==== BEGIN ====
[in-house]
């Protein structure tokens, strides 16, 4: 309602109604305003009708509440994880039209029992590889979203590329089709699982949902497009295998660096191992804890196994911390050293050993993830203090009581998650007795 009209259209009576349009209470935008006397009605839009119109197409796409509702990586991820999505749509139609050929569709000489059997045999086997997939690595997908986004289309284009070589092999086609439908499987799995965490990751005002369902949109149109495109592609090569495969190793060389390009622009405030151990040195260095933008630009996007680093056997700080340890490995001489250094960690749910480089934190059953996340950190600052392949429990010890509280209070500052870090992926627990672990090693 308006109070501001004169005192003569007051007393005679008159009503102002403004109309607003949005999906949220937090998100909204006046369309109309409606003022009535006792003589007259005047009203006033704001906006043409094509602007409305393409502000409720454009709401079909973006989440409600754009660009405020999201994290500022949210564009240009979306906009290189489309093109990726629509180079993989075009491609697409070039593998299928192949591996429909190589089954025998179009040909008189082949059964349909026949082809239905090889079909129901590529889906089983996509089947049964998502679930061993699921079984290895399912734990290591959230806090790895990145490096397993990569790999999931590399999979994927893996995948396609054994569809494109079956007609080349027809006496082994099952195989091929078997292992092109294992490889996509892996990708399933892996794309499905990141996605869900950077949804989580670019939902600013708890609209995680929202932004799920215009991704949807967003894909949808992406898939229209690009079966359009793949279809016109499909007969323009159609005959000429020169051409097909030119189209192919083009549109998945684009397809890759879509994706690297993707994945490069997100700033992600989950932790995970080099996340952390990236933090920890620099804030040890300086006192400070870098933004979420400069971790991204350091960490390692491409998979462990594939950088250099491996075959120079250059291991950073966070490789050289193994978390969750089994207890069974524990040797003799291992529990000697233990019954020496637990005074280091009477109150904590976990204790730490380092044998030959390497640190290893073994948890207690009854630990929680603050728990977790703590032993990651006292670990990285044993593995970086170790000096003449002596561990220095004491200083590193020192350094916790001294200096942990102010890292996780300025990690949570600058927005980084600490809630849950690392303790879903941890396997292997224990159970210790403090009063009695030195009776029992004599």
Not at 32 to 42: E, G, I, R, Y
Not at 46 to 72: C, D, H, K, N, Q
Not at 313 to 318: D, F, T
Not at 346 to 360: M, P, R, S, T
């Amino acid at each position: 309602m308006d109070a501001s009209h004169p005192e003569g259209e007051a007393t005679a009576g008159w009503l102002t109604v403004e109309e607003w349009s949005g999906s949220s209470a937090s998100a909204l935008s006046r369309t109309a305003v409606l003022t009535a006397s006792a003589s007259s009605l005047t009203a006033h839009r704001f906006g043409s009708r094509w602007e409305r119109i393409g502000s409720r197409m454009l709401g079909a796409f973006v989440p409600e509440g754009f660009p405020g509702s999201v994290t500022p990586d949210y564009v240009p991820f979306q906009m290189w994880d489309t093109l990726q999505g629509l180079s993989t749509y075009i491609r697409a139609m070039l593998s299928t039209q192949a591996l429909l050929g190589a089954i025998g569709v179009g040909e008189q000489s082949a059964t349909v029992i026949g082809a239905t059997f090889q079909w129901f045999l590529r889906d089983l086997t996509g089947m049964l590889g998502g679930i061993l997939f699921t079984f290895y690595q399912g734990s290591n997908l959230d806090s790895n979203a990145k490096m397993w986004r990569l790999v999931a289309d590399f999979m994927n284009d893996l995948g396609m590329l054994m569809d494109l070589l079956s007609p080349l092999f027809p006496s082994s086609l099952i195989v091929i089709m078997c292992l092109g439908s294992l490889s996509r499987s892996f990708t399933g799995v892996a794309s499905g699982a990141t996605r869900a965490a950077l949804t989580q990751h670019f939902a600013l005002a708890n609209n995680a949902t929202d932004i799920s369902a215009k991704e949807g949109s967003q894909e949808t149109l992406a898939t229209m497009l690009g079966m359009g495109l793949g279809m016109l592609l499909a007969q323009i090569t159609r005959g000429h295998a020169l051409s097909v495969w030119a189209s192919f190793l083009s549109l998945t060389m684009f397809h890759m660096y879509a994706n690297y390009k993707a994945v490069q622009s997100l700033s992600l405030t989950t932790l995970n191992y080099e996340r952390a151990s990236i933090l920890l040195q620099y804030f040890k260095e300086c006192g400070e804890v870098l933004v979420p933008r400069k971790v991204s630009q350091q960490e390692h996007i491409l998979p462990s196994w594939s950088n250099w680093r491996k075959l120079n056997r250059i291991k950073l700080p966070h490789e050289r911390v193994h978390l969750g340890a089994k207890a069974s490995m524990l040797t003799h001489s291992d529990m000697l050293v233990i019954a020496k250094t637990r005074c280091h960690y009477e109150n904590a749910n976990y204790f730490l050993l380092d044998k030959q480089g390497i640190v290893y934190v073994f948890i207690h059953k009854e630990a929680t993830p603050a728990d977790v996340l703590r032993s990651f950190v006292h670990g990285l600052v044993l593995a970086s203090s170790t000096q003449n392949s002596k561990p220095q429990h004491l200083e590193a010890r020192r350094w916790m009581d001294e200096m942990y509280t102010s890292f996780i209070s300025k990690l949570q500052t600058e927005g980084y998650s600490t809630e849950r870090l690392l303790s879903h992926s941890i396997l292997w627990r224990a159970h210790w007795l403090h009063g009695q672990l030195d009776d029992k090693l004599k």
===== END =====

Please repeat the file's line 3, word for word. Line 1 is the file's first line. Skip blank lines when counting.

Not at 32 to 42: E, G, I, R, Y